Malawi is a land-locked country in south-eastern Africa, bordered by Mozambique, the United Republic of Tanzania and Zambia. It has a primarily agrarian economy, with 80 percent of the population living in the rural areas. The share of agriculture in GDP has dropped in the last decade from almost 40 percent in 2002 to around the average of 21 percent in recent years. Simultaneously, share of service (in GDP) has been rising to about 55 percent owing to reforms in the financial services sector, a boost in the telecom sector driven by a rise in mobile subscriptions and privatization of the transport sector. Additionally, the share of industrial activity (including mining) has been rising in recent years. Malawi’s position in the continent means it is reliant on transit corridors and ports in neighboring countries. The agricultural sector heavily dependent on rain-fed agriculture to maintain food security, Malawi is exceedingly vulnerable to climatic shocks.
The country offers a business environment with political stability, a market-oriented and liberalized economy, competitive labour markets, preferential access to several markets, an investor-friendly climate, improving infrastructure and untapped investment opportunities. The country also has streamlined investment establishment procedures such as a One-Stop Centre to assist investors. Further, the Malawi government has undertaken reforms to ensure that tax, labour, environment, health and safety laws continue to support foreign investment. In terms of ease of doing business, Malawi performs better than the African average (and better than 38 other African countries) when dealing with construction permits, registering new property, getting credit, protecting minority investors, paying taxes, trading across borders, enforcing contracts and resolving insolvency associated with new businesses according to the World Bank in 2020. Moreover, the government is keen to offer public–private partnerships to facilitate and promote strategic infrastructural investment through financial assistance, technical know-how, logistical support and operational management.
Within the basket of goods exported by Malawi, the top ten products comprised 70 percent of total goods exports in 2015, which rose tremendously to 82.5 percent in 2020. Of these, tobacco alone made up 47 percent on average of total exports in the period 2015–2020. Malawi is the fifth-largest exporter of burley tobacco and relies heavily on these exports to support its economy in terms of export earnings and employment generation. Exported variety is produced by small-scale farmers in small landholdings, and production remains dependent on the price of the preceding year. The second largest export is black tea, followed by cane sugar, which is produced chiefly for exports, nuts, peas, and soybeans. Malawi primarily exports to its regional partners in South Africa, Egypt, Zimbabwe, and Mozambique, as well as its extra-regional partners in the European Union (Belgium, Germany, and the Netherlands), the United States (US), and the United Kingdom (UK).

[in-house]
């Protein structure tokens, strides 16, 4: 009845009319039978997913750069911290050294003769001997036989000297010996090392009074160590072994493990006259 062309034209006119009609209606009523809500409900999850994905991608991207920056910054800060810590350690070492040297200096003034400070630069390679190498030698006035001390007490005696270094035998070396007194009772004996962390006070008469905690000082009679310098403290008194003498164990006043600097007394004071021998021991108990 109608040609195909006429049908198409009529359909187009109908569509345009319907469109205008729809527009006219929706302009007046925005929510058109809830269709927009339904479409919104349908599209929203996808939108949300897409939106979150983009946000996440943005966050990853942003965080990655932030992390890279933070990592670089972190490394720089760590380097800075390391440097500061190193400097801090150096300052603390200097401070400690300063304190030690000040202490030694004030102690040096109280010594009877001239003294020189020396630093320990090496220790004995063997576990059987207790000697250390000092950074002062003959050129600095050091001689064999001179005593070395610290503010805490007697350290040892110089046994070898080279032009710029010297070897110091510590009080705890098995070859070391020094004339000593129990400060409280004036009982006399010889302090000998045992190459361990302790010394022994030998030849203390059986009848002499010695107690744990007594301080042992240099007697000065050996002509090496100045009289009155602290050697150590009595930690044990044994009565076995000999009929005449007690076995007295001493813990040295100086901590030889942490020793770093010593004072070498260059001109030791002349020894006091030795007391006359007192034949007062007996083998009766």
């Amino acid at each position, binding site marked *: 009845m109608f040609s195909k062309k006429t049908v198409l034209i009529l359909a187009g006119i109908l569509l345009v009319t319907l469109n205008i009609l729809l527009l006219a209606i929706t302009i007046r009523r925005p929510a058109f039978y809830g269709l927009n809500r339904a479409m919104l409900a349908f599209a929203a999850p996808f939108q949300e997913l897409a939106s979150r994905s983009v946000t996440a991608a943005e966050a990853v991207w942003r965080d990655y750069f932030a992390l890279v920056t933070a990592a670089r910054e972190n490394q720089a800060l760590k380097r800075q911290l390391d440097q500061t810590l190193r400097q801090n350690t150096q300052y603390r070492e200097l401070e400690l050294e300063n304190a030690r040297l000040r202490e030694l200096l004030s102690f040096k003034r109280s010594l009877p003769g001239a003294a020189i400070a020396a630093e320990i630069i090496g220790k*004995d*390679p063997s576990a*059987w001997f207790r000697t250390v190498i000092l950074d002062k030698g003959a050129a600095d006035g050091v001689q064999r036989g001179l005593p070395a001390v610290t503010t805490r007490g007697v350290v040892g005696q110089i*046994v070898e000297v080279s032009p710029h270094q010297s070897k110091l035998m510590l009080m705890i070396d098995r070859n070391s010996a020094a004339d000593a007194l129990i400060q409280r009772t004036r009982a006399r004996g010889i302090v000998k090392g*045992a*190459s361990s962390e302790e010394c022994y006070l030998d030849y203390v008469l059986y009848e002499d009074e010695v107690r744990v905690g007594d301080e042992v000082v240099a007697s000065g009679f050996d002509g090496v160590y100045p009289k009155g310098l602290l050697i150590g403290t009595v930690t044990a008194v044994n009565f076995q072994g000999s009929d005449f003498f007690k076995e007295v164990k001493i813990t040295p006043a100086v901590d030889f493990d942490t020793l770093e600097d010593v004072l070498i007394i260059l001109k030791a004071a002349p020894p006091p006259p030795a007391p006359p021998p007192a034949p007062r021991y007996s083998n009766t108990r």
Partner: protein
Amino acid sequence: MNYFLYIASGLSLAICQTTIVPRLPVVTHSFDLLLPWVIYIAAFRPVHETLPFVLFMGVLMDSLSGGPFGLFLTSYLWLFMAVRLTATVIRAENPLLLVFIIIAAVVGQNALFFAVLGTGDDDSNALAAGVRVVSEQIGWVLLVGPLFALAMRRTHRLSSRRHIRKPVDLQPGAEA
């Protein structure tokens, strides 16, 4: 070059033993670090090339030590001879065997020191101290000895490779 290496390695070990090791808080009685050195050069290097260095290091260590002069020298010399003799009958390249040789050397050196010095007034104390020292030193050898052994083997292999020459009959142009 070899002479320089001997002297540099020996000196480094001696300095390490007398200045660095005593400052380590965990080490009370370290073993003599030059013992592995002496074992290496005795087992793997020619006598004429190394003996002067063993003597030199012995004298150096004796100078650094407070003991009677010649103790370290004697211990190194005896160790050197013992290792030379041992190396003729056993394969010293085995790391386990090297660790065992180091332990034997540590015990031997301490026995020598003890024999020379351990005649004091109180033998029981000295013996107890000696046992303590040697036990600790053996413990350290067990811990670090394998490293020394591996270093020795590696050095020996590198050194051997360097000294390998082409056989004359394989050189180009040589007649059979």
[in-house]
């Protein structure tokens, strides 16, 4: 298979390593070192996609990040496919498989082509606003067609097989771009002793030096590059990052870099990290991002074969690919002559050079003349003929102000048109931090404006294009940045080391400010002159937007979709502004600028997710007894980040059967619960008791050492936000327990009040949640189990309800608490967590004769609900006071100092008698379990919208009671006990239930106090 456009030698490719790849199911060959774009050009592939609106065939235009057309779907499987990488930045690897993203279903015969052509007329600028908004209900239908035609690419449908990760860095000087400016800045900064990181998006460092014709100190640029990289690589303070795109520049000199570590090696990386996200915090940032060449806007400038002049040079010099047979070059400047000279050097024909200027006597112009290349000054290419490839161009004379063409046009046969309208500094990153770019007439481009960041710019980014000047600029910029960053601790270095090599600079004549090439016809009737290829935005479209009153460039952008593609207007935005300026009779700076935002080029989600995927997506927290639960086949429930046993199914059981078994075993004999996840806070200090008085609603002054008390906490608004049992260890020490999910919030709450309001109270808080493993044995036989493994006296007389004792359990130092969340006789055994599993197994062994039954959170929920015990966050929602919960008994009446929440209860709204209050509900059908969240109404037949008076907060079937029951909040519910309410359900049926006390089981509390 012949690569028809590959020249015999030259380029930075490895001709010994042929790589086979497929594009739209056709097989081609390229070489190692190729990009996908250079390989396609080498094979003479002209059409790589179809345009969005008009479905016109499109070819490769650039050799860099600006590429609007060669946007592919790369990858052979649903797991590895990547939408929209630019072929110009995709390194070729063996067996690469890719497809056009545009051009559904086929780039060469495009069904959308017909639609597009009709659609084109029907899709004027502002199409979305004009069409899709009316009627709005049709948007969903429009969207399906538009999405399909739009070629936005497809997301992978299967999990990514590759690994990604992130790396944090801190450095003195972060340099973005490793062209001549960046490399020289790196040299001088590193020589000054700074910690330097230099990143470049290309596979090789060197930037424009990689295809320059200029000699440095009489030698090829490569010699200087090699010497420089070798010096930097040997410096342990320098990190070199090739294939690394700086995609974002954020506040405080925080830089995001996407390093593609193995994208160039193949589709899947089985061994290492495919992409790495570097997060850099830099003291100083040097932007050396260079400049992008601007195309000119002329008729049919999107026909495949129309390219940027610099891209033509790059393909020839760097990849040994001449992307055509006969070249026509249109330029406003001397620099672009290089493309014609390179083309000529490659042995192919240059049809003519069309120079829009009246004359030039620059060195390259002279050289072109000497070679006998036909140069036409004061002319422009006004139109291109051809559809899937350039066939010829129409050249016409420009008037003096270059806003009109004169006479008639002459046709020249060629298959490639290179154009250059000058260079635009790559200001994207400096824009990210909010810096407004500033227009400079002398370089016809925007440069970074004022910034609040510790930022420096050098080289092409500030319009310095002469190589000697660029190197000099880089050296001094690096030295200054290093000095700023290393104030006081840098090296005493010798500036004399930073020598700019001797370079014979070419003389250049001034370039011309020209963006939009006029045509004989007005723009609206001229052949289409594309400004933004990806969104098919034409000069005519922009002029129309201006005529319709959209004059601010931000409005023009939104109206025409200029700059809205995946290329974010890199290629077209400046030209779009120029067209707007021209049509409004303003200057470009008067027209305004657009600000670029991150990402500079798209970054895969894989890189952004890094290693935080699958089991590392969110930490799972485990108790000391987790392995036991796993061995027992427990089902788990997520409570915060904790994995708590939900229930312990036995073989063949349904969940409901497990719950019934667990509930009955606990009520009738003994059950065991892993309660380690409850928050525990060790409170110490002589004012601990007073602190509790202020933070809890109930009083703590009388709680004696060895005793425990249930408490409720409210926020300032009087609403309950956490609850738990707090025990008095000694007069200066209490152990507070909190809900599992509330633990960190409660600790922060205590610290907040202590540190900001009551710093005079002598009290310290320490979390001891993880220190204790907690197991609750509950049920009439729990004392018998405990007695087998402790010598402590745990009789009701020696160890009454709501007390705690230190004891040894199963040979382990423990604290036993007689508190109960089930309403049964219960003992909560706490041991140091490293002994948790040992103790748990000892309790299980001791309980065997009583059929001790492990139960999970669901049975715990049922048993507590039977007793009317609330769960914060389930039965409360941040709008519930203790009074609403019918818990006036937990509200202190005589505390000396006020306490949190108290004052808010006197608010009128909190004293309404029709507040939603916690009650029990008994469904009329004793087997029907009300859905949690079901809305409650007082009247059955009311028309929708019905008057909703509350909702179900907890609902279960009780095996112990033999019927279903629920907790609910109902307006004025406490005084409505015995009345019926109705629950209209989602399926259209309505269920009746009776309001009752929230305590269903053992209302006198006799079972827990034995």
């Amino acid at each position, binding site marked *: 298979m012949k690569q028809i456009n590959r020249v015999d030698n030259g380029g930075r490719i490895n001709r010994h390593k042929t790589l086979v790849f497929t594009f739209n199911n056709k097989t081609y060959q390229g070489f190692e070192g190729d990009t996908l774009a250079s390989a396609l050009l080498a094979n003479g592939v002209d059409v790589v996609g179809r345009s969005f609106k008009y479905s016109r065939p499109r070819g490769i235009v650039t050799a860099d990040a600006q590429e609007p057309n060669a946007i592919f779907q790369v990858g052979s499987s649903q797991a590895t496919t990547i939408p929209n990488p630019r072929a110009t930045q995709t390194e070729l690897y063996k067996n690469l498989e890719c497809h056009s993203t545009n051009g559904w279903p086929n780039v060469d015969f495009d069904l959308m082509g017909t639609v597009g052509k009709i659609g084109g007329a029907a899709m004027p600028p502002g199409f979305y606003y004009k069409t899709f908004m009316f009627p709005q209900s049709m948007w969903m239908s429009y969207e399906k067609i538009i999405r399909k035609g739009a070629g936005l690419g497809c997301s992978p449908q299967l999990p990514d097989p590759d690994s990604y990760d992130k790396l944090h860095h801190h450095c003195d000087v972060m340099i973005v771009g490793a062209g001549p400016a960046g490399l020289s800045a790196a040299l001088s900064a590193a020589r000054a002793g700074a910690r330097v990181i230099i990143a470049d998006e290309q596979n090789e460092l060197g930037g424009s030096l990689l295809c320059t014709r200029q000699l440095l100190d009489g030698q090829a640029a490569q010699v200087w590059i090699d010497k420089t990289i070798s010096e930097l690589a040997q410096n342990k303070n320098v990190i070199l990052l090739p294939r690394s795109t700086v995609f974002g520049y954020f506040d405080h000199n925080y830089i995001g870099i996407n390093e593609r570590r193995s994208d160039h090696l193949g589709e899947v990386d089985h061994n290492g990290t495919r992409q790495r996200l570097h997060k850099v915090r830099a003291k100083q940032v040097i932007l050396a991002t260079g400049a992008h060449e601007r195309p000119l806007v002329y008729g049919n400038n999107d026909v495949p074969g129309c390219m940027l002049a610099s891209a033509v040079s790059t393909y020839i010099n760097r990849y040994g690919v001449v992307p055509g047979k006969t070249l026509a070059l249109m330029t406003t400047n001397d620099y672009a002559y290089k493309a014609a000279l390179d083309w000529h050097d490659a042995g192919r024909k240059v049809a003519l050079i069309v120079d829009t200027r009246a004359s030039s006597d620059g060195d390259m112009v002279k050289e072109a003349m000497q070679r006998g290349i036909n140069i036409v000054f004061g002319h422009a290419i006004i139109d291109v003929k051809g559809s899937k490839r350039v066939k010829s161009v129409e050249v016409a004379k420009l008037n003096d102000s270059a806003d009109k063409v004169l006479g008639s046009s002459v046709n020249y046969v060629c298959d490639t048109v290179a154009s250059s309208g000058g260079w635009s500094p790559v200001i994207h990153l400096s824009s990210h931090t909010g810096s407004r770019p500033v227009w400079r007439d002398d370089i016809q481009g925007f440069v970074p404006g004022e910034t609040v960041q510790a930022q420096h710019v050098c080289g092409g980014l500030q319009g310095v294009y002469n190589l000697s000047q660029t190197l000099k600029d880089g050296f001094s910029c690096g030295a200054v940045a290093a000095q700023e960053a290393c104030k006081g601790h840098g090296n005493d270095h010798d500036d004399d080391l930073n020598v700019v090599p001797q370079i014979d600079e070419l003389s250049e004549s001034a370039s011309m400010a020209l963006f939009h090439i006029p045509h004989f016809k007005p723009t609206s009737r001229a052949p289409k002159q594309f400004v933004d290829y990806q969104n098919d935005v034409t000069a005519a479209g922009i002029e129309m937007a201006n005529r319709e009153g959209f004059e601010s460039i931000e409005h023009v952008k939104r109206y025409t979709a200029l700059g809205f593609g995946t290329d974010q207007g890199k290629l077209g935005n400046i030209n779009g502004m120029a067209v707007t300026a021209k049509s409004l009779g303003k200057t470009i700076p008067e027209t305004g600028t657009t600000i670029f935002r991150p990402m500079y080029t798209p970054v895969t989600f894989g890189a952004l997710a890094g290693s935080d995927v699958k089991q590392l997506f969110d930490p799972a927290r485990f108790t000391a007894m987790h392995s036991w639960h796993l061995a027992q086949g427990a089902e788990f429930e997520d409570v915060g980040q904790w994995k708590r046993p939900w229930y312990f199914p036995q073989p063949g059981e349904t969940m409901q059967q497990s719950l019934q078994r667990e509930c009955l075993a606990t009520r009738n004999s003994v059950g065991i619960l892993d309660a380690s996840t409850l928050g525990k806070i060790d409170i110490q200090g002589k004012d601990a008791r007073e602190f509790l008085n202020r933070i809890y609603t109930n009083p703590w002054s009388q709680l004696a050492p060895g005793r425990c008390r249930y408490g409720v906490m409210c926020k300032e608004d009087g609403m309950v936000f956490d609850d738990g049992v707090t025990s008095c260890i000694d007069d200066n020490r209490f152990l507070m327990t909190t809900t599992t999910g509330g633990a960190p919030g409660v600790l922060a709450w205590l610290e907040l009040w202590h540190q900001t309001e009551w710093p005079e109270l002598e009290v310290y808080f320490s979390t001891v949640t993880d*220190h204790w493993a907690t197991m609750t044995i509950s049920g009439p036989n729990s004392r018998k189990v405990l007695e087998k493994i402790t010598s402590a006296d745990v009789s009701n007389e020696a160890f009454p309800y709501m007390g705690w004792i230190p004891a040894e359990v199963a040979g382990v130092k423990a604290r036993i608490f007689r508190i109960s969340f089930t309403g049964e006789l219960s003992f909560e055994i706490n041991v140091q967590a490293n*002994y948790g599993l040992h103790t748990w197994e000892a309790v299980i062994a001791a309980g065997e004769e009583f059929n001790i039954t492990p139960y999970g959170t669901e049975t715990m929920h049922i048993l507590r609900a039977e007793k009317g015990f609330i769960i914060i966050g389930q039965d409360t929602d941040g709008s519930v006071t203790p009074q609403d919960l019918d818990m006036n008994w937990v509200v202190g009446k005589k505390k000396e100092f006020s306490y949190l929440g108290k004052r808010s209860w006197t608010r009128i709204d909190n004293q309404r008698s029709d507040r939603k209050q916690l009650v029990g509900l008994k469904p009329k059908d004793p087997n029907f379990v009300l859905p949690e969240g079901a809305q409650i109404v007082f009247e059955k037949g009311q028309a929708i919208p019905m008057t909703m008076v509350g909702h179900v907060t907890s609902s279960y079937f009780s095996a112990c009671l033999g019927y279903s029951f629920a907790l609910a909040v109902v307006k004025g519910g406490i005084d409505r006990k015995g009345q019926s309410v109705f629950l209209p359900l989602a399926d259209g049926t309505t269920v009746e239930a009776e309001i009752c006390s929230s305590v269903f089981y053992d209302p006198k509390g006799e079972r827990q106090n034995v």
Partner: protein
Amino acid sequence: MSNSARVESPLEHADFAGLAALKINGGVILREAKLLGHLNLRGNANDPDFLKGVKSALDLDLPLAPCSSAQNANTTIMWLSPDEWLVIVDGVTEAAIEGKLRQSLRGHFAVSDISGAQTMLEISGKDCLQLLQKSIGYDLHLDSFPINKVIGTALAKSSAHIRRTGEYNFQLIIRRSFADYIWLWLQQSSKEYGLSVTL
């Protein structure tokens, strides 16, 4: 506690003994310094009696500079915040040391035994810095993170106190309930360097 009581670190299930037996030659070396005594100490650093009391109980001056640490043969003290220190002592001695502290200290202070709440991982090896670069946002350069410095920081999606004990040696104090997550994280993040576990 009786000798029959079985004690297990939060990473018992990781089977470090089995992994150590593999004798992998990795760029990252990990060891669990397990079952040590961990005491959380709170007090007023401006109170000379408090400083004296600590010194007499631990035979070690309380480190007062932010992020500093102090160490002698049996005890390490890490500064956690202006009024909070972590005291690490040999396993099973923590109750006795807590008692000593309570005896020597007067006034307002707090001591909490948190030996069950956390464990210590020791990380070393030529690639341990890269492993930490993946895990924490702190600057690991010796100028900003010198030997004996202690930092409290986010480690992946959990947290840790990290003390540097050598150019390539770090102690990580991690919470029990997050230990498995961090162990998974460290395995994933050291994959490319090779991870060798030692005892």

Economic Facts of Malawi
The unemployment rate in Malawi decreased to 5.60 percent in 2022 from 5.70 percent in 2021. The unemployment rate in Malawi averaged 4.99 percent from 1991 until 2022, reaching an all-time high of 5.70 percent in 2020 and a record low of 4.80 percent in 1991. The top three sectors that employ more people are agriculture, forestry, and fishing, construction and transportation and storage according to NSO 2018.
The economy of Malawi is heavily dependent on agriculture, which employs over 64% of the population, and it is vulnerable to external shocks, particularly climatic shocks. Agriculture accounted for about one-third of GDP and about 80% of export revenue.
In December 2023, Malawi’s inflation rate increased to 34.50 percent from 33.10 percent in November 2023. The food and non-food inflation rates also experienced an upward trend in December 2023, standing at 43.5 percent and 22.8 percent, respectively, compared to 41.7 percent and 22.2 percent in November 2023.
Malawi central bank implemented a significant policy adjustment on February 1st, 2024, raising the policy rate by 200 basis points from 24 percent to 26 percent. This measure aims to address the persistent inflationary pressures, which have surpassed the targeted range of five percent. The central bank however kept Lombard rate at 20 basis points above the policy rate and the Liquidity Reserve Requirement (LRR) ratio at 7.75 percent for domestic currency deposits and 3.75 percent for foreign currency deposits.